A group of 370 health care industry groups — including the American Academy of Hospice & Palliative Medicine, the American Medical Association and National Association of Social Workers — have signed a letter sent to Congress encouraging legislators to pass the Improving Seniors’ Timely Access to Care Act of 2019.
If enacted, the legislation would relax prior authorization requirements for Medicare Advantage plans that often result in delayed or denied access to medical treatment, among other provisions.
Beginning in 2021, the U.S. Centers for Medicare & Medicaid Services (CMS) will begin testing a hospice carve-in to Medicare Advantage. Currently hospices are reimbursed through the fee-for-service Medicare Hospice Benefit.
“For our seniors — and as representatives of organizations seeking to protect patients from delays in care and relieve unnecessary administrative burdens that impede delivery of timely care — we are committed to advancing this legislation in Congress,” the signatories wrote. “The demand and need for such reforms is growing — particularly as more seniors choose Medicare Advantage for their health insurance needs.”
Prior authorization is a cost-control procedure that requires health care organizations to obtain approval from a payor to provide a particular service or therapy.
Medicare Advantage plans require prior authorization to see specialists, receive out-of-network care, receive non-emergency hospital care, and some other circumstances. Medicare Part D plans also require authorization before certain medications can be prescribed.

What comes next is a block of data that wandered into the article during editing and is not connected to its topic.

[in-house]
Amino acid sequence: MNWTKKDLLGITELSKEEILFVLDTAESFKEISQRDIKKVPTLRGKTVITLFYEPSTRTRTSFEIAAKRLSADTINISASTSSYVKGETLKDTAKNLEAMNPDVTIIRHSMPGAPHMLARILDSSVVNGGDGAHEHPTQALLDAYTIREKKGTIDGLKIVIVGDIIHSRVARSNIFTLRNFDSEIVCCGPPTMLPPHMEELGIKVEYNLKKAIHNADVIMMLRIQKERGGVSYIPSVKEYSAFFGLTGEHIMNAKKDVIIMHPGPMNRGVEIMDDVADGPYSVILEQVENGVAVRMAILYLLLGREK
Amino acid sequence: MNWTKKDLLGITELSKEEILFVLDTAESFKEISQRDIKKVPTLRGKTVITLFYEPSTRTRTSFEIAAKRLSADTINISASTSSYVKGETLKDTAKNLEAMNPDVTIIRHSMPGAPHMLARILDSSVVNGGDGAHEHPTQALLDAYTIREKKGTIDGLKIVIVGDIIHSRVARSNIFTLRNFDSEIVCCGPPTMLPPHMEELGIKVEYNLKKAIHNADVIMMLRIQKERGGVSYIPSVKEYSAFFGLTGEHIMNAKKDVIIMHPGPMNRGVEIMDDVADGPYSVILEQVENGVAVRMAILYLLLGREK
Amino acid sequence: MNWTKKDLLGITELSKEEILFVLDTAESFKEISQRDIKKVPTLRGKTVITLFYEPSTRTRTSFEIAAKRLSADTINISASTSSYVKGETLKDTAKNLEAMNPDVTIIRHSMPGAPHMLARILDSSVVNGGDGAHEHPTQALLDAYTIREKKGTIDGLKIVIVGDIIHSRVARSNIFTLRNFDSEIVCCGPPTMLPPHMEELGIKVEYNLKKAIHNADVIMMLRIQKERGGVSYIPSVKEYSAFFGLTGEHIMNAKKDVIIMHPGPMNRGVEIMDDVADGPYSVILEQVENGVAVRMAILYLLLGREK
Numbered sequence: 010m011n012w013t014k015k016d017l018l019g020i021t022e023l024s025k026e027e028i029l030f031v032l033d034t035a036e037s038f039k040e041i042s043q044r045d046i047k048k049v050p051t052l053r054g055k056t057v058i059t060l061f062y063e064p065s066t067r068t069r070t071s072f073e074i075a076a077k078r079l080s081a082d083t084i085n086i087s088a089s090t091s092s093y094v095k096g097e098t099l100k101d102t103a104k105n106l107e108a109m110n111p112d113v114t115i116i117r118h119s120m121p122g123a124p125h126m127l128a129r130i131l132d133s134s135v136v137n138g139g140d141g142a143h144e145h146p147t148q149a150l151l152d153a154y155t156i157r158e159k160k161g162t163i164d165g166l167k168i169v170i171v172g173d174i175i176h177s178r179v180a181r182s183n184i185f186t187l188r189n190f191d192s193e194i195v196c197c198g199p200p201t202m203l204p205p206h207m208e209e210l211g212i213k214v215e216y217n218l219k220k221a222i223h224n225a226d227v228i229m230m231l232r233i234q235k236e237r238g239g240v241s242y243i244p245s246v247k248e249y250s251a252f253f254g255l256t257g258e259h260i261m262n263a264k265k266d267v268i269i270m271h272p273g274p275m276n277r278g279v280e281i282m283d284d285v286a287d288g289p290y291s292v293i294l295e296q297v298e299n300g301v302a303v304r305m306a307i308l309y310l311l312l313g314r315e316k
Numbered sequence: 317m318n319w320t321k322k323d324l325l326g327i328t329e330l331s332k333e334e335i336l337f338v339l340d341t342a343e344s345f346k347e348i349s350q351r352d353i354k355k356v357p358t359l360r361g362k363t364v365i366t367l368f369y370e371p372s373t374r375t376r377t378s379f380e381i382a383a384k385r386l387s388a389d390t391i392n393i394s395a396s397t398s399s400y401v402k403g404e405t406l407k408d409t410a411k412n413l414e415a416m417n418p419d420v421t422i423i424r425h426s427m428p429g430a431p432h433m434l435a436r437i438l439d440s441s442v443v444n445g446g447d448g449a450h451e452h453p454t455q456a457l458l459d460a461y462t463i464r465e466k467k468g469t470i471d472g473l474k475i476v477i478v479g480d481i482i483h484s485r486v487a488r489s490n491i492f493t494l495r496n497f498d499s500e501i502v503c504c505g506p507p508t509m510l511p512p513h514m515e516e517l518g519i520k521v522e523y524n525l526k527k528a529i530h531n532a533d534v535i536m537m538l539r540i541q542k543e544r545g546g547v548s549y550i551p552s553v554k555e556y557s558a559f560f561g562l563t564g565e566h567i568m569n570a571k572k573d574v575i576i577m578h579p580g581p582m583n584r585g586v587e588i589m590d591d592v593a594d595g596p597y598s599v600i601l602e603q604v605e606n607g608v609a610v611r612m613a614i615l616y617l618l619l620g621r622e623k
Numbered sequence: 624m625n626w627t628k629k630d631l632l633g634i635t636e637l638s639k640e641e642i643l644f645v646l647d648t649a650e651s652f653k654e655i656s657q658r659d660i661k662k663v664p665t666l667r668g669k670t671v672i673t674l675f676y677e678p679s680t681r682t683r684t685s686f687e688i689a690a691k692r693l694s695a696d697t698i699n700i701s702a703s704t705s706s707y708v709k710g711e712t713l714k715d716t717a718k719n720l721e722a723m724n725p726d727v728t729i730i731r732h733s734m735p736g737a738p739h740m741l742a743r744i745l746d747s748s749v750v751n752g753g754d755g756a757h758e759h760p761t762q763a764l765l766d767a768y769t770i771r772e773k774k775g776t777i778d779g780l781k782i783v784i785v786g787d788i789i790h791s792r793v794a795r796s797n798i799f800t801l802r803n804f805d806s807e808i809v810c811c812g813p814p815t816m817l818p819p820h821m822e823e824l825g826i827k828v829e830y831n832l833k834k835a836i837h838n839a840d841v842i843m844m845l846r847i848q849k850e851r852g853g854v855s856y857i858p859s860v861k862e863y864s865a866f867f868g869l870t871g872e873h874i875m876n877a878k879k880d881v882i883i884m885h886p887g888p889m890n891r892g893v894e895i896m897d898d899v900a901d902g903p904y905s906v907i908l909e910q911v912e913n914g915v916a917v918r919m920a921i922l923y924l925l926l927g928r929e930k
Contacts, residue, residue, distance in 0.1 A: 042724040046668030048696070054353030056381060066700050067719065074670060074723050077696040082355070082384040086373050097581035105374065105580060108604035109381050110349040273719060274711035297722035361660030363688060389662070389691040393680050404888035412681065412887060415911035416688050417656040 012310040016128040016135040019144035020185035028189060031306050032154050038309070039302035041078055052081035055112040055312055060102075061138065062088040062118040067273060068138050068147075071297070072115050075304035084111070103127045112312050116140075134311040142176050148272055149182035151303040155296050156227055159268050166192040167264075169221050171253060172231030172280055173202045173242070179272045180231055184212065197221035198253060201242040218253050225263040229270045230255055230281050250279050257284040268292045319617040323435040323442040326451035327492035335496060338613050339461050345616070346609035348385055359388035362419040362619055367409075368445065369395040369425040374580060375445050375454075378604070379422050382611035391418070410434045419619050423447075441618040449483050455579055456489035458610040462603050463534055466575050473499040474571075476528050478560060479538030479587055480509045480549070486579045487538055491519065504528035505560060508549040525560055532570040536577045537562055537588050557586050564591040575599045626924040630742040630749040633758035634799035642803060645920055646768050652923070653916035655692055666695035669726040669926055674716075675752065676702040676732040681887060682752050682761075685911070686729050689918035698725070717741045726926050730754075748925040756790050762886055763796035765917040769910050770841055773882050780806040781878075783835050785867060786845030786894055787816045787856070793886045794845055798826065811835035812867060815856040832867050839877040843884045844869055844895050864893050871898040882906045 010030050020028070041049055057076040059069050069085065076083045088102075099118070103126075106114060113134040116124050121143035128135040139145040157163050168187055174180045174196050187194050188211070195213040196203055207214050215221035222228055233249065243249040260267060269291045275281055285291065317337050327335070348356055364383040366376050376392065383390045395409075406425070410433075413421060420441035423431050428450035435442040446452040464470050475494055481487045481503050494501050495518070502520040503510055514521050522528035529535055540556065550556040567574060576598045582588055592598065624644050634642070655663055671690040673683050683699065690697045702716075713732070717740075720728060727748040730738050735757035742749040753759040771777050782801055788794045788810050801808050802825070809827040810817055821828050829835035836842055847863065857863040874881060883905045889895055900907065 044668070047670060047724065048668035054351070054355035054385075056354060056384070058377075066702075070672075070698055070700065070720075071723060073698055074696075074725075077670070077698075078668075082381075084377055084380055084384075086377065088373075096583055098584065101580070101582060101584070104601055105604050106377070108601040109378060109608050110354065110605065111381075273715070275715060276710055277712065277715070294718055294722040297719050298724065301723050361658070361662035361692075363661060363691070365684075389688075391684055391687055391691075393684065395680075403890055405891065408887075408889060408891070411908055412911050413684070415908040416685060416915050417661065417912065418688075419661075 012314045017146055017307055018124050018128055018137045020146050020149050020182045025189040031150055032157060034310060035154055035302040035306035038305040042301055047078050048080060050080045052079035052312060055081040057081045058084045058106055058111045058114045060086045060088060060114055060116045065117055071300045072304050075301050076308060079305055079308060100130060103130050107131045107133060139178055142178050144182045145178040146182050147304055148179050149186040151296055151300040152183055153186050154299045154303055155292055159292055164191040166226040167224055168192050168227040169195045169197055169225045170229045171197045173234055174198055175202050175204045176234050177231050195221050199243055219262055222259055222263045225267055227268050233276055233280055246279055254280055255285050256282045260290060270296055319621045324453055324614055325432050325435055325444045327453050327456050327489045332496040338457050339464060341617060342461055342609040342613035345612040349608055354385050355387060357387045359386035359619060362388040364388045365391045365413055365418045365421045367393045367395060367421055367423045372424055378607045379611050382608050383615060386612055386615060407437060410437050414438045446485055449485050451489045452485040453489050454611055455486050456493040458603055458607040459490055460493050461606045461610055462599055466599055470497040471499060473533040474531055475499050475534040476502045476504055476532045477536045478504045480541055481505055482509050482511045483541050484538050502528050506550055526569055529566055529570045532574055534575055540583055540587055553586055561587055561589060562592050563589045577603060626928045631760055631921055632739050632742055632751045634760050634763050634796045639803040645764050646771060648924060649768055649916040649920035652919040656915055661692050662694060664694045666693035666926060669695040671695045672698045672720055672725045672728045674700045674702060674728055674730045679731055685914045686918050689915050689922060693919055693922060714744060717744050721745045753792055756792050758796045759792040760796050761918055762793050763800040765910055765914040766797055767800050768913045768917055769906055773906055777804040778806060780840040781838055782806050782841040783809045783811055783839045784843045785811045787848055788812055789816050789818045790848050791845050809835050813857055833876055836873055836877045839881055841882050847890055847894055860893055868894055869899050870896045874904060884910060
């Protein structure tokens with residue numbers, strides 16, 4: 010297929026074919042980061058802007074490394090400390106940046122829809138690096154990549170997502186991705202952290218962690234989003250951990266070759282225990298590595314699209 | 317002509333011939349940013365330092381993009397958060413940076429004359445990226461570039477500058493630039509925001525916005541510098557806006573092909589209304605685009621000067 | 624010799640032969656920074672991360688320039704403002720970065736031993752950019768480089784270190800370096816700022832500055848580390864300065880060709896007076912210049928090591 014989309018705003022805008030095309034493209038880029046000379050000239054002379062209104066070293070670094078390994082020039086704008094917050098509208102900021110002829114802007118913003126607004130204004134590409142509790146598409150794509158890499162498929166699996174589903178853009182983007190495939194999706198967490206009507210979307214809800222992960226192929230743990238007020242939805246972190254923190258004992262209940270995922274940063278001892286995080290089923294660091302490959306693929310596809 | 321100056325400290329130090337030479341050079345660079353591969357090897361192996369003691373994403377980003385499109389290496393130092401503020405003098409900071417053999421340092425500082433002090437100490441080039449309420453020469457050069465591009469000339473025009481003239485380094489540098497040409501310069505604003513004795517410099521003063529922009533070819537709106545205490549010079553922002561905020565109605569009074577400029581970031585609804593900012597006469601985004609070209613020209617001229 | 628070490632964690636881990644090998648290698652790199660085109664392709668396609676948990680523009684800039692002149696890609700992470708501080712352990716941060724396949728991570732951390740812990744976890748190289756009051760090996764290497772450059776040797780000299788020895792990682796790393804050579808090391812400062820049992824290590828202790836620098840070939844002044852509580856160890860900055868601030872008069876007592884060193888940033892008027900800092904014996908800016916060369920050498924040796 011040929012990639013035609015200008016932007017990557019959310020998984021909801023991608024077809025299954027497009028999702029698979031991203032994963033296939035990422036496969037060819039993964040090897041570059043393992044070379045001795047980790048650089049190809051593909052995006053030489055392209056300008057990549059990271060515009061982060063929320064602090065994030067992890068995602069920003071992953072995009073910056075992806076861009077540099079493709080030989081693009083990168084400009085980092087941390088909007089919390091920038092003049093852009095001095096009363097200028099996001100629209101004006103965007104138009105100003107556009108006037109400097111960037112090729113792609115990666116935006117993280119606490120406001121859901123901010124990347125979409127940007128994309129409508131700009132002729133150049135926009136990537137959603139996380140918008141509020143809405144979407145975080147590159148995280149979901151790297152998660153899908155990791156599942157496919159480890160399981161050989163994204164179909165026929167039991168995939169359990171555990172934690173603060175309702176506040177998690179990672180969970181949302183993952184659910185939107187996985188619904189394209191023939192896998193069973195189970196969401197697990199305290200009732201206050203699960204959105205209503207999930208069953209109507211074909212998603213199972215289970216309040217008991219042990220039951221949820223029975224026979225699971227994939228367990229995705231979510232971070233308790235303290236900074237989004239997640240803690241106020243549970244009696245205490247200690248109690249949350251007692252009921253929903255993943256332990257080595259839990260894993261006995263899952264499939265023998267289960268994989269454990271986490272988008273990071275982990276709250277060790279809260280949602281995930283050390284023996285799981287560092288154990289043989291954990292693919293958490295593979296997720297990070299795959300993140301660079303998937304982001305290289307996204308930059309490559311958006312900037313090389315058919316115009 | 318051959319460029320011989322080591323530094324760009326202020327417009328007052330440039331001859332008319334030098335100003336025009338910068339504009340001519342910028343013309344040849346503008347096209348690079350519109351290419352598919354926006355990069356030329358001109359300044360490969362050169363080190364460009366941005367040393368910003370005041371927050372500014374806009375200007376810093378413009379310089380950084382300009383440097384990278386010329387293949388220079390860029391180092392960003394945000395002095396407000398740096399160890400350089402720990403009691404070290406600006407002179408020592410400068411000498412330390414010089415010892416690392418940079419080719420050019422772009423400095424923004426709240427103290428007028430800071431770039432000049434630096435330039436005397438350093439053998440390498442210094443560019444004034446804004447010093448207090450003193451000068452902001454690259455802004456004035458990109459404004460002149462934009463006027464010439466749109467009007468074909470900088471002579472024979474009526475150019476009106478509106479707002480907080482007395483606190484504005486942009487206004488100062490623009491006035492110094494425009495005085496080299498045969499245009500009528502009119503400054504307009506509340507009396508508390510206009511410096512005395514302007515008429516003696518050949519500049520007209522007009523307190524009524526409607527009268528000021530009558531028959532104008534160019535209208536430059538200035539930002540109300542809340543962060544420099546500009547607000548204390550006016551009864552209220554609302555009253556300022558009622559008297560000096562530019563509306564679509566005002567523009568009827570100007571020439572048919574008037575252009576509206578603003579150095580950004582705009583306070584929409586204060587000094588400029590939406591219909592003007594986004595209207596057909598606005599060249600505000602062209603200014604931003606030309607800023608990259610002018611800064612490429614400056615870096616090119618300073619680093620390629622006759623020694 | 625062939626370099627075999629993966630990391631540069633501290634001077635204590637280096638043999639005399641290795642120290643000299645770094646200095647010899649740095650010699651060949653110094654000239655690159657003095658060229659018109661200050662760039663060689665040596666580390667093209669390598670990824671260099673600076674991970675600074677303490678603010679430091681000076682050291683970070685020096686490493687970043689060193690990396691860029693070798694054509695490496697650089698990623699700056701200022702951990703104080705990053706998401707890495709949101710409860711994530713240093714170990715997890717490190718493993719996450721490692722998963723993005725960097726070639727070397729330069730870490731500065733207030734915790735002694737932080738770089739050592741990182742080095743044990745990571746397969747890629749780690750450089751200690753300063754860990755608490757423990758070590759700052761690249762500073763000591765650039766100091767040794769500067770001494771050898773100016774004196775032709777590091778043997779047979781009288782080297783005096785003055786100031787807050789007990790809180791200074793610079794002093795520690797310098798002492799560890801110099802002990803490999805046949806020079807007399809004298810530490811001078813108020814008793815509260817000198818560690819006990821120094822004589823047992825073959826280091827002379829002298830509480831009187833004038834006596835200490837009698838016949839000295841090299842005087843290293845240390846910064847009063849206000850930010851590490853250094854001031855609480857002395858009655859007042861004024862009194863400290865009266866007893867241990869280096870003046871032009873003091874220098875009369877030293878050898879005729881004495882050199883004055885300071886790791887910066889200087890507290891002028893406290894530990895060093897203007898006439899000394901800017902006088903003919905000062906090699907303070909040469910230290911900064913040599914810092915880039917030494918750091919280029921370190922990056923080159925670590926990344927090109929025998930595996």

Medicare Advantage plans are becoming increasingly popular among seniors. Enrollment has nearly doubled during the past 10 years, according to the Kaiser Family Foundation. Currently about 34% of all Medicare beneficiaries are covered by Medicare Advantage plans, and nearly 79% of those are enrolled in plans that require prior authorizations.
By 2029, close to 50% of Medicare beneficiaries will be covered through Medicare Advantage, according to projections by the Congressional Budget Office.
Traditional Medicare generally does not require prior authorizations, with some exceptions such as durable medical equipment and physician services.
Some hospice organizations have expressed concern about prior authorizations.
“Prior authorization requirements are a serious threat under Medicare Advantage, and particularly with respect to highly vulnerable hospice patients,” Theresa Forster, vice president for Hospice Policy at National Association of Home Care & Hospice told Hospice News when the bill was introduced in April. “Prior authorization creates delays in services and imposes additional hoops that providers must jump through to ensure patients receive needed items and services. With patients who are terminally ill, these delays can, at times, prolong pain and hasten death.”